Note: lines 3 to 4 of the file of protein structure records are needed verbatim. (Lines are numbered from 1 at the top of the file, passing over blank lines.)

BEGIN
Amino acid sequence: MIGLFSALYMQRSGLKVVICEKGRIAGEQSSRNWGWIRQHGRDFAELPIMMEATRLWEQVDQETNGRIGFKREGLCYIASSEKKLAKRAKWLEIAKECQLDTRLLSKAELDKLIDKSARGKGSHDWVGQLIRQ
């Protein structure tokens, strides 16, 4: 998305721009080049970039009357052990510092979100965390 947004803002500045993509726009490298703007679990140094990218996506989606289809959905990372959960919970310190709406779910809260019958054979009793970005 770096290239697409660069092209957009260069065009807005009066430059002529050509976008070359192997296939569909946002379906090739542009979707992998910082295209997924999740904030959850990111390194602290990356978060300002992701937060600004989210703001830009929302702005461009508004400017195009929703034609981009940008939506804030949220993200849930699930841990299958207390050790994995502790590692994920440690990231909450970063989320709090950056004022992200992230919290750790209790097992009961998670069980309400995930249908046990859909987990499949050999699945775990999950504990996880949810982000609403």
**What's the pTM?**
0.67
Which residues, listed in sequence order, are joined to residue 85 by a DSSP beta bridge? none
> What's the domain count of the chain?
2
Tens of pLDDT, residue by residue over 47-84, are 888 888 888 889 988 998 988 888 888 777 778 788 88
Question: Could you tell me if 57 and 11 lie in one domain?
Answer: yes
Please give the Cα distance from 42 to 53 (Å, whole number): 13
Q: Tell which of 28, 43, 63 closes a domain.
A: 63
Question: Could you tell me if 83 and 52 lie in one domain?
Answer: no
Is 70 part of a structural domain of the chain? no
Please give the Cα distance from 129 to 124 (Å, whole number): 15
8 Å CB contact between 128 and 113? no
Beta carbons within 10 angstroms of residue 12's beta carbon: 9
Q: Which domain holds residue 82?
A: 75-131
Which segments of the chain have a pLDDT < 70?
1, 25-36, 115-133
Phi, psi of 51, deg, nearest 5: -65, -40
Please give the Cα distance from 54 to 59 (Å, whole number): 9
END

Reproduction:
**What's the pTM?**
0.67